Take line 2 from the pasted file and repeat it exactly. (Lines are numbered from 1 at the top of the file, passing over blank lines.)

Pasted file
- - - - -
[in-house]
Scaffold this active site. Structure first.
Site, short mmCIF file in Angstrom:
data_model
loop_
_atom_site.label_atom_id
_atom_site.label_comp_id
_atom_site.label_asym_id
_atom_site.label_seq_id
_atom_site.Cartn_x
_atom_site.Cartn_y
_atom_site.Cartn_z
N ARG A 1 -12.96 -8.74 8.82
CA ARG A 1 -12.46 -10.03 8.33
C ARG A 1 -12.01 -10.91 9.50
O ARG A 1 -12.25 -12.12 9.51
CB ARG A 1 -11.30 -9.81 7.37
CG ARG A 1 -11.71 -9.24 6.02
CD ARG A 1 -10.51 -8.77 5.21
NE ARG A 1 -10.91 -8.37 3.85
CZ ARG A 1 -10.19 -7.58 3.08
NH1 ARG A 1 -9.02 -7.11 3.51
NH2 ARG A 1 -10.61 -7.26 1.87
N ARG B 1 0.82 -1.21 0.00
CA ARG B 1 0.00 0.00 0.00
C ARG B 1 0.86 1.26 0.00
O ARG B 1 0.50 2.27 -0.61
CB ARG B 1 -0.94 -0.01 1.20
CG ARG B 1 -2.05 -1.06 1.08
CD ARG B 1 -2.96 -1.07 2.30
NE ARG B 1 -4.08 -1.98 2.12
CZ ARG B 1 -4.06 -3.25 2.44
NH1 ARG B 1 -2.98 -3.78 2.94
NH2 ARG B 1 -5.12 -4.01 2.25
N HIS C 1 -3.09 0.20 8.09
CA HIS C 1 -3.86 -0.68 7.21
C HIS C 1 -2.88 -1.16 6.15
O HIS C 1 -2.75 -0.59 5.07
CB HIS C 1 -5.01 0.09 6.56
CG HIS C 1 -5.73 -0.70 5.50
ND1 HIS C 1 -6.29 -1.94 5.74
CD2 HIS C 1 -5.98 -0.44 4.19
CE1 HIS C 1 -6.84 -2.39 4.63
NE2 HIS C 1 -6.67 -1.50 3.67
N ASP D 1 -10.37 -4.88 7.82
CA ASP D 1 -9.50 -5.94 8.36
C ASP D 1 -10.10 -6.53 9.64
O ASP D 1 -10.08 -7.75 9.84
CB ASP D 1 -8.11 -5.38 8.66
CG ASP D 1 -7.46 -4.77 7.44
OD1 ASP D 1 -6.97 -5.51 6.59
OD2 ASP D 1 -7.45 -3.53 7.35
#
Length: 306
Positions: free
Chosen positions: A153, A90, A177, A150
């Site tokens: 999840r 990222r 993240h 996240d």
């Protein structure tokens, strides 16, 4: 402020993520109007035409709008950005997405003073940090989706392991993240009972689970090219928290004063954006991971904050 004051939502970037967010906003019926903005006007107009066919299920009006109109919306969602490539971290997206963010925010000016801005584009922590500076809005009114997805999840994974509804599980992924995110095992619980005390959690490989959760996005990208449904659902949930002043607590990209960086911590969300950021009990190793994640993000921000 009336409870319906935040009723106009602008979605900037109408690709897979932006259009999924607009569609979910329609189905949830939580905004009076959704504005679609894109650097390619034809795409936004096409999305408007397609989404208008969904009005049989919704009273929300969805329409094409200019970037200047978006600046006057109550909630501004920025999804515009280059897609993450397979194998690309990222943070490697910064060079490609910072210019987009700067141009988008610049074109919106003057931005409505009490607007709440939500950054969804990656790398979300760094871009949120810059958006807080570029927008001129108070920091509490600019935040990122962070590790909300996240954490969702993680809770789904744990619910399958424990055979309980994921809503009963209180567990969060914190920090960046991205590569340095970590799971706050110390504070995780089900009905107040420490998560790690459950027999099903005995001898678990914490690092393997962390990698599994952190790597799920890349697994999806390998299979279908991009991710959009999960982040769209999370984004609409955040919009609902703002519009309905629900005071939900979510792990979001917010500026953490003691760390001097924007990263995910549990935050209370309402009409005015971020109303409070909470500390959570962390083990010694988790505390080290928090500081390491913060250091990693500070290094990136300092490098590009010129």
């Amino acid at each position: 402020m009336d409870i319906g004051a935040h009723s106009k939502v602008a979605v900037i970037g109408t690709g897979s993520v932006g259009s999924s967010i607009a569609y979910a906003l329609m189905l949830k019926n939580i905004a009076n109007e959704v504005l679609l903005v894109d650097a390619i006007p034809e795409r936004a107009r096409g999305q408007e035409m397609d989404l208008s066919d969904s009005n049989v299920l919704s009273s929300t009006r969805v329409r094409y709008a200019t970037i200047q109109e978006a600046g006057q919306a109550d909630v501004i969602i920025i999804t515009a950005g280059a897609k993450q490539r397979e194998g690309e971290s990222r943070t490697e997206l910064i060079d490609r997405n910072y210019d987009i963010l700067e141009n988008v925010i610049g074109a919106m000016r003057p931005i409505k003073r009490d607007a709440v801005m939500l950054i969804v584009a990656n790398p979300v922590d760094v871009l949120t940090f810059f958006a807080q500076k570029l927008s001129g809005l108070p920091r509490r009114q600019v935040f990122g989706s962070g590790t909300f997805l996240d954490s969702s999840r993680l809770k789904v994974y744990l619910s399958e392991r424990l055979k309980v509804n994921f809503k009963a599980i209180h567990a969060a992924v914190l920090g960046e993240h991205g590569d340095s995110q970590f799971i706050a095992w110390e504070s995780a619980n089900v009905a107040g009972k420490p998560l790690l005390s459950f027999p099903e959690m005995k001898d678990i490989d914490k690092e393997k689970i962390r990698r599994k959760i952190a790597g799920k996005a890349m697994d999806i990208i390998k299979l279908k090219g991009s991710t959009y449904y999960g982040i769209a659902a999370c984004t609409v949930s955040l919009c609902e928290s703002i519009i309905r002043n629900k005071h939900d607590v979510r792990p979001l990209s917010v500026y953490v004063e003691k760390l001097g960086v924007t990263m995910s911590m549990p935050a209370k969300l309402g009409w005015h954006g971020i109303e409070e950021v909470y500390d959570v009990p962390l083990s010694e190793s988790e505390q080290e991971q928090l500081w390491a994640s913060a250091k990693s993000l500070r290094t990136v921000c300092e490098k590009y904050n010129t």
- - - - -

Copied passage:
Scaffold this active site. Structure first.